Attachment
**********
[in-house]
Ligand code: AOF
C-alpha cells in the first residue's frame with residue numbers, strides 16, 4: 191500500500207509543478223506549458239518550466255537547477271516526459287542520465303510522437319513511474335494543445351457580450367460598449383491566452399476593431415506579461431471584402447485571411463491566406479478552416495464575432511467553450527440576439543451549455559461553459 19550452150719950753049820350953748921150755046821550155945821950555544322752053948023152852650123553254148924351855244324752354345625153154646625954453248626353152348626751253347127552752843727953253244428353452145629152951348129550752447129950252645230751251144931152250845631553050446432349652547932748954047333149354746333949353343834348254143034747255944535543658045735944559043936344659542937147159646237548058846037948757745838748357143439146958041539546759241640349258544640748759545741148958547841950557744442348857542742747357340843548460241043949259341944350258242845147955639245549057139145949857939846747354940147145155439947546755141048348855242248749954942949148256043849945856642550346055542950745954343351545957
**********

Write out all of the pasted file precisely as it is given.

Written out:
[in-house]
Ligand code: AOF
C-alpha cells in the first residue's frame with residue numbers, strides 16, 4: 191500500500207509543478223506549458239518550466255537547477271516526459287542520465303510522437319513511474335494543445351457580450367460598449383491566452399476593431415506579461431471584402447485571411463491566406479478552416495464575432511467553450527440576439543451549455559461553459 19550452150719950753049820350953748921150755046821550155945821950555544322752053948023152852650123553254148924351855244324752354345625153154646625954453248626353152348626751253347127552752843727953253244428353452145629152951348129550752447129950252645230751251144931152250845631553050446432349652547932748954047333149354746333949353343834348254143034747255944535543658045735944559043936344659542937147159646237548058846037948757745838748357143439146958041539546759241640349258544640748759545741148958547841950557744442348857542742747357340843548460241043949259341944350258242845147955639245549057139145949857939846747354940147145155439947546755141048348855242248749954942949148256043849945856642550346055542950745954343351545957